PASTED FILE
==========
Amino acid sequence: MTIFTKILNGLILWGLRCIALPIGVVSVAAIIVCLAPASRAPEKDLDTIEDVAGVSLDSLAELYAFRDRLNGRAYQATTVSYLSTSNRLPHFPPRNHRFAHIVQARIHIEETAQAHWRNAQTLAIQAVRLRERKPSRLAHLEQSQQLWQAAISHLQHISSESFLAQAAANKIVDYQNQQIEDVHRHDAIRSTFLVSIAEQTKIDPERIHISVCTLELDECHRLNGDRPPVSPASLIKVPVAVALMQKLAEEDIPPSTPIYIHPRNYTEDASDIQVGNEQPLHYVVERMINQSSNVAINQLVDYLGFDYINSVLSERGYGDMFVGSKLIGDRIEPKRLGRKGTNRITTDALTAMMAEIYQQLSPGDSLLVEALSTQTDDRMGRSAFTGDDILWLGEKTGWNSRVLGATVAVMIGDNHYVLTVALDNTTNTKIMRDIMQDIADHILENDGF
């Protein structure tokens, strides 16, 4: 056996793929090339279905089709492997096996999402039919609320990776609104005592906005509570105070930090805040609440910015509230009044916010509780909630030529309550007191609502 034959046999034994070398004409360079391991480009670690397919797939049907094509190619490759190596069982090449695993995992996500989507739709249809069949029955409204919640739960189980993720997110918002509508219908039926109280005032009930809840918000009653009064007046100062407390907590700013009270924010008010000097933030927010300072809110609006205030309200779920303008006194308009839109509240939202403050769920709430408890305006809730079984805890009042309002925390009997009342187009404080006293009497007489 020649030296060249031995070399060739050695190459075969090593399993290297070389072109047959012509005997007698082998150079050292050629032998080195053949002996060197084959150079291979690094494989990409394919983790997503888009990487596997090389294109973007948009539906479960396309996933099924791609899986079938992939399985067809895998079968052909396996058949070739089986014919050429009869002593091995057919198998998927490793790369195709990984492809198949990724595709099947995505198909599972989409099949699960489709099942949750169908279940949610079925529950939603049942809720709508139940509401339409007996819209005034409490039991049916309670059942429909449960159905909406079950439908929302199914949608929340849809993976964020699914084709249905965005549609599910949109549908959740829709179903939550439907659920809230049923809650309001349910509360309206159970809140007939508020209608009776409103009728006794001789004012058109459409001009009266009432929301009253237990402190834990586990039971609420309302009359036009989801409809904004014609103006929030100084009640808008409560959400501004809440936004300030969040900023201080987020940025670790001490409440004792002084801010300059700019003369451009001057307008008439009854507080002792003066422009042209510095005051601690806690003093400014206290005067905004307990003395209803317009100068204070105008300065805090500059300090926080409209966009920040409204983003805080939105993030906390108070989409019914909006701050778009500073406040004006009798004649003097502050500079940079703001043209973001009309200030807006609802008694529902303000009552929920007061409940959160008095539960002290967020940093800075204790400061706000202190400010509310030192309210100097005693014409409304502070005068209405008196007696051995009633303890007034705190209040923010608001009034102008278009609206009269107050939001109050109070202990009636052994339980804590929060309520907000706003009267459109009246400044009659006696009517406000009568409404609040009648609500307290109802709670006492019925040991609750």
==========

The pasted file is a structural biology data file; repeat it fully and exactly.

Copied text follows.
Amino acid sequence: MTIFTKILNGLILWGLRCIALPIGVVSVAAIIVCLAPASRAPEKDLDTIEDVAGVSLDSLAELYAFRDRLNGRAYQATTVSYLSTSNRLPHFPPRNHRFAHIVQARIHIEETAQAHWRNAQTLAIQAVRLRERKPSRLAHLEQSQQLWQAAISHLQHISSESFLAQAAANKIVDYQNQQIEDVHRHDAIRSTFLVSIAEQTKIDPERIHISVCTLELDECHRLNGDRPPVSPASLIKVPVAVALMQKLAEEDIPPSTPIYIHPRNYTEDASDIQVGNEQPLHYVVERMINQSSNVAINQLVDYLGFDYINSVLSERGYGDMFVGSKLIGDRIEPKRLGRKGTNRITTDALTAMMAEIYQQLSPGDSLLVEALSTQTDDRMGRSAFTGDDILWLGEKTGWNSRVLGATVAVMIGDNHYVLTVALDNTTNTKIMRDIMQDIADHILENDGF
């Protein structure tokens, strides 16, 4: 056996793929090339279905089709492997096996999402039919609320990776609104005592906005509570105070930090805040609440910015509230009044916010509780909630030529309550007191609502 034959046999034994070398004409360079391991480009670690397919797939049907094509190619490759190596069982090449695993995992996500989507739709249809069949029955409204919640739960189980993720997110918002509508219908039926109280005032009930809840918000009653009064007046100062407390907590700013009270924010008010000097933030927010300072809110609006205030309200779920303008006194308009839109509240939202403050769920709430408890305006809730079984805890009042309002925390009997009342187009404080006293009497007489 020649030296060249031995070399060739050695190459075969090593399993290297070389072109047959012509005997007698082998150079050292050629032998080195053949002996060197084959150079291979690094494989990409394919983790997503888009990487596997090389294109973007948009539906479960396309996933099924791609899986079938992939399985067809895998079968052909396996058949070739089986014919050429009869002593091995057919198998998927490793790369195709990984492809198949990724595709099947995505198909599972989409099949699960489709099942949750169908279940949610079925529950939603049942809720709508139940509401339409007996819209005034409490039991049916309670059942429909449960159905909406079950439908929302199914949608929340849809993976964020699914084709249905965005549609599910949109549908959740829709179903939550439907659920809230049923809650309001349910509360309206159970809140007939508020209608009776409103009728006794001789004012058109459409001009009266009432929301009253237990402190834990586990039971609420309302009359036009989801409809904004014609103006929030100084009640808008409560959400501004809440936004300030969040900023201080987020940025670790001490409440004792002084801010300059700019003369451009001057307008008439009854507080002792003066422009042209510095005051601690806690003093400014206290005067905004307990003395209803317009100068204070105008300065805090500059300090926080409209966009920040409204983003805080939105993030906390108070989409019914909006701050778009500073406040004006009798004649003097502050500079940079703001043209973001009309200030807006609802008694529902303000009552929920007061409940959160008095539960002290967020940093800075204790400061706000202190400010509310030192309210100097005693014409409304502070005068209405008196007696051995009633303890007034705190209040923010608001009034102008278009609206009269107050939001109050109070202990009636052994339980804590929060309520907000706003009267459109009246400044009659006696009517406000009568409404609040009648609500307290109802709670006492019925040991609750």